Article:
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    As Ohio legislators attempt to alleviate the increasing property tax burden, four recent bills that could significantly affect homeowners propose to eliminate replacement property tax levies, freeze property taxes for longtime homeowners, adjust homestead exemptions annually for inflation, and temporarily expand the homestead exemption, say Raghav Agnihotri and Rachael Chamberlain at Frost Brown.

  • Looking South With A Smile: SALT In Review

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    From Mississippi's long walk toward repealing its personal income tax to a welcome stroke for open government in Kentucky, RSM's David Brunori offers his thoughts on noteworthy state and local tax news.

  • Trauma-Informed Legal Approaches For Pro Bono Attorneys

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    As National Trauma Awareness Month ends, pro bono attorneys should nevertheless continue to acknowledge the mental and physical effects of trauma, allowing them to better represent clients, and protect themselves from compassion fatigue and burnout, say Katherine Cronin at Stinson and Katharine Manning at Blackbird.

  • How Attys Can Avoid Pitfalls When Withdrawing From A Case

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    The Trump campaign's recent scuffle over its bid to replace its counsel in a pregnancy retaliation suit offers a chance to remind attorneys that many troubles inherent in withdrawing from a case can be mitigated or entirely avoided by communicating with clients openly and frequently, says Christopher Konneker at Orsinger Nelson.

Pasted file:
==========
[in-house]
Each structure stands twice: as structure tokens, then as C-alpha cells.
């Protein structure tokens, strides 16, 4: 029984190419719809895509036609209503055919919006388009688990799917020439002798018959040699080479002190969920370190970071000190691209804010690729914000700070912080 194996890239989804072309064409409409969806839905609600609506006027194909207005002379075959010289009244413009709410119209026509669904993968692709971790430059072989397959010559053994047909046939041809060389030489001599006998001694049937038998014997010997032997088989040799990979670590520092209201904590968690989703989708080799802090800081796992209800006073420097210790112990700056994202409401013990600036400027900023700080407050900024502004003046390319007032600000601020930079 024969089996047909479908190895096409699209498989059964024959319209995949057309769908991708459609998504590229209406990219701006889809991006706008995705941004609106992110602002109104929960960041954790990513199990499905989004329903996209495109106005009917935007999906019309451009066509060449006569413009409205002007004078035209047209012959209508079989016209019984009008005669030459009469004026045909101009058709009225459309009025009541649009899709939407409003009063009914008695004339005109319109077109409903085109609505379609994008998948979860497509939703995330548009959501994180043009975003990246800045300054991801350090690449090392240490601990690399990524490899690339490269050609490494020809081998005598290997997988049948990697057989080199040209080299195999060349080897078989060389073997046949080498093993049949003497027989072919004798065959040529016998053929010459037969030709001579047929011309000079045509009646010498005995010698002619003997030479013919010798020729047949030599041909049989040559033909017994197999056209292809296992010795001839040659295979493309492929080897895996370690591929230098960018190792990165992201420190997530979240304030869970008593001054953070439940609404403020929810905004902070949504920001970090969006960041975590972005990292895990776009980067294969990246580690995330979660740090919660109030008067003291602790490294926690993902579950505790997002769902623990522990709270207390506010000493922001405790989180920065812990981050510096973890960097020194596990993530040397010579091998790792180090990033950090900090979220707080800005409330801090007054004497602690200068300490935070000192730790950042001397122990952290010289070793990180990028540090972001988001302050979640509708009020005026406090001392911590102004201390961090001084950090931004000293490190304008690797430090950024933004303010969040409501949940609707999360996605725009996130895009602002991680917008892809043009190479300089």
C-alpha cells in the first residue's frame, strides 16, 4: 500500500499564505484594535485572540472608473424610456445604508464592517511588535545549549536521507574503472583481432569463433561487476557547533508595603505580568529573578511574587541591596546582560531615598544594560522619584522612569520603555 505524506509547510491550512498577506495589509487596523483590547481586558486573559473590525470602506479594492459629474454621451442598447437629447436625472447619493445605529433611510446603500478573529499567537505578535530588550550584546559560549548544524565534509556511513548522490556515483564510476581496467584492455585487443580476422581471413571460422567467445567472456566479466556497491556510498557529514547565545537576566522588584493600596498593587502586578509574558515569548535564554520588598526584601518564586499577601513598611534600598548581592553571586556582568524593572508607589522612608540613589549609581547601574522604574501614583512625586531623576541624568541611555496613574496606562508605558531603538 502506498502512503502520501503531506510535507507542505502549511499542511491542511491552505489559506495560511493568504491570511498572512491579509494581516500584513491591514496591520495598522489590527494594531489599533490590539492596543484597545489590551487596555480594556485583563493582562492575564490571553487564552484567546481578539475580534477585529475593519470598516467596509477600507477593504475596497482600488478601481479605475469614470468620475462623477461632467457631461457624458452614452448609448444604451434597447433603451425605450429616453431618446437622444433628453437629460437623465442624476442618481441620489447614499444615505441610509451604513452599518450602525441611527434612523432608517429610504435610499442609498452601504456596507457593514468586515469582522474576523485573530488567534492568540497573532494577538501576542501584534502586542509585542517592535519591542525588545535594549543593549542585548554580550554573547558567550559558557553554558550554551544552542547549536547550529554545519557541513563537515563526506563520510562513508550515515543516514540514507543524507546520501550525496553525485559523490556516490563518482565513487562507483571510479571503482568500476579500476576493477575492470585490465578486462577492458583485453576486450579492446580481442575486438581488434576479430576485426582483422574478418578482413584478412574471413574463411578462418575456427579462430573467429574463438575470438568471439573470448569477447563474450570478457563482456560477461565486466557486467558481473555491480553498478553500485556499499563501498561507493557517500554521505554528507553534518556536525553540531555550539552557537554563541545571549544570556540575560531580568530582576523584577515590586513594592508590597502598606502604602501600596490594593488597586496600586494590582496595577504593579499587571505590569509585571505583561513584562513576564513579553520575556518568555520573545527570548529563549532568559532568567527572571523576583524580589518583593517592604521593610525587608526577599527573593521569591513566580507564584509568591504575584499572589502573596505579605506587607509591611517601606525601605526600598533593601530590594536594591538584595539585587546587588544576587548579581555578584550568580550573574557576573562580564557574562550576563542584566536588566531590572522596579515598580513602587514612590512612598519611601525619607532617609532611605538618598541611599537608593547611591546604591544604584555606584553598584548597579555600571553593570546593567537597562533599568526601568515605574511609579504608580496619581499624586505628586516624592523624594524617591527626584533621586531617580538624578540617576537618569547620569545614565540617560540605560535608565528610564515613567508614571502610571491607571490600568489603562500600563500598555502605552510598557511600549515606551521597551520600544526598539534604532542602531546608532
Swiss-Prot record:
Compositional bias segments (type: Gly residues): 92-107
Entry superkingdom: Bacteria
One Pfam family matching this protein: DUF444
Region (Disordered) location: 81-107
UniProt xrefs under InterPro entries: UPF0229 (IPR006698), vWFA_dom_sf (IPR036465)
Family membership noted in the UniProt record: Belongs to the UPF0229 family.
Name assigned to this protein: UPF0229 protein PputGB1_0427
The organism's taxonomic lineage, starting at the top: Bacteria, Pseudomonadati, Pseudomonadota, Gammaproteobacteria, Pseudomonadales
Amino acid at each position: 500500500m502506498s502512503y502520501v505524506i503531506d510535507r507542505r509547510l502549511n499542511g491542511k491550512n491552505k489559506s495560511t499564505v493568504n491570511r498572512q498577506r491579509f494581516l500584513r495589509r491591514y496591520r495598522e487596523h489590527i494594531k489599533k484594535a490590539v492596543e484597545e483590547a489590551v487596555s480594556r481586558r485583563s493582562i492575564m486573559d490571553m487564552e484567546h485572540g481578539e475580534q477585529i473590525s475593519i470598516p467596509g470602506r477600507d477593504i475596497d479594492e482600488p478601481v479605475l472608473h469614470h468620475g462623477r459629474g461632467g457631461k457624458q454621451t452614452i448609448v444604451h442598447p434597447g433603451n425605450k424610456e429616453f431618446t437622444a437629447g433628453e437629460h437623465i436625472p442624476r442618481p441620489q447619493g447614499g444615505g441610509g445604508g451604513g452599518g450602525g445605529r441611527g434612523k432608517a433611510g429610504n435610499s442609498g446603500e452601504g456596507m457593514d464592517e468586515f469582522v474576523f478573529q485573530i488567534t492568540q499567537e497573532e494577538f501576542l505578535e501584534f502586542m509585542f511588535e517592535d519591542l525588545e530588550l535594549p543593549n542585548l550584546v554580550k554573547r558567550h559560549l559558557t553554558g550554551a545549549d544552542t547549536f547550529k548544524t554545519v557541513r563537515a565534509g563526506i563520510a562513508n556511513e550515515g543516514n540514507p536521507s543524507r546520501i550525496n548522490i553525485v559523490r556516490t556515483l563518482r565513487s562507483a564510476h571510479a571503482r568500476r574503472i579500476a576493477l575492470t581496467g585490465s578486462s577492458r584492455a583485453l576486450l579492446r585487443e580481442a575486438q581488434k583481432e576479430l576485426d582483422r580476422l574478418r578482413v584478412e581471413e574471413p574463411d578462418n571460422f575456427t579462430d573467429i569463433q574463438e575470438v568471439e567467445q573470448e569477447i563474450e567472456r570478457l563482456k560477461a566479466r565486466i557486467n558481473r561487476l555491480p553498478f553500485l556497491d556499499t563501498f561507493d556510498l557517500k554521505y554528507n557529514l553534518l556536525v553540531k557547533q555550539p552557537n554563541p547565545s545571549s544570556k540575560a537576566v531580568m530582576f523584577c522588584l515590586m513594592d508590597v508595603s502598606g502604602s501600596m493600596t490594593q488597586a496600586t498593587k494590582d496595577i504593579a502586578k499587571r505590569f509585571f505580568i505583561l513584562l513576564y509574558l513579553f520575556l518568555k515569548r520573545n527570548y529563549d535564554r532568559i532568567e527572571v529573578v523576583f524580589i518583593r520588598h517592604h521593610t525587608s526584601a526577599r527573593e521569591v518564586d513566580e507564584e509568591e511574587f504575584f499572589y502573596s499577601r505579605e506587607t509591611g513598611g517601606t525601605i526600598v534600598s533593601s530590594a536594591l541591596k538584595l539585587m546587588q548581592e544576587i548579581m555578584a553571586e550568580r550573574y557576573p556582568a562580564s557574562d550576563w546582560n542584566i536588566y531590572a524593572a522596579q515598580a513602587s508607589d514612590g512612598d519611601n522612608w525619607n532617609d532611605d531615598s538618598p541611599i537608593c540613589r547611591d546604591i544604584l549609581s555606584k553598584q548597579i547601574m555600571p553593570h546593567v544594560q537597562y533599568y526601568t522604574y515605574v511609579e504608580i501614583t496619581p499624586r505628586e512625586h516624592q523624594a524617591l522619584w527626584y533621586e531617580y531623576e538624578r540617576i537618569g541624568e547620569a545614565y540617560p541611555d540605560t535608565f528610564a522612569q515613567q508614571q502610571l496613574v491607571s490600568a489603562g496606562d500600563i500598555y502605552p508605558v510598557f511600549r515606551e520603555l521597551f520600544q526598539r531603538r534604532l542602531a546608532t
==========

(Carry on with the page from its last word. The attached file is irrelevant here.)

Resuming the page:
• Using A Children's Book Approach In Firm Marketing Content

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    From “The Giving Tree” to “Where the Wild Things Are,” most children’s books are easy to remember because they use simple words and numbers to tell stories with a human impact — a formula law firms should emulate in their marketing content to stay front of mind for potential clients, says Seema Desai Maglio at The Found Word.

  • Tax Assessment: Recapping Georgia's Legislative Session

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    Jonathan Feldman and Alla Raykin at Eversheds Sutherland examine tax-related changes from Georgia’s General Assembly — such as the governor’s successful push to accelerate income tax cuts — and suggest steps to take before certain tax incentives are challenged in the state's next legislative session.

  • Geothermal Energy Has Growing Potential In The US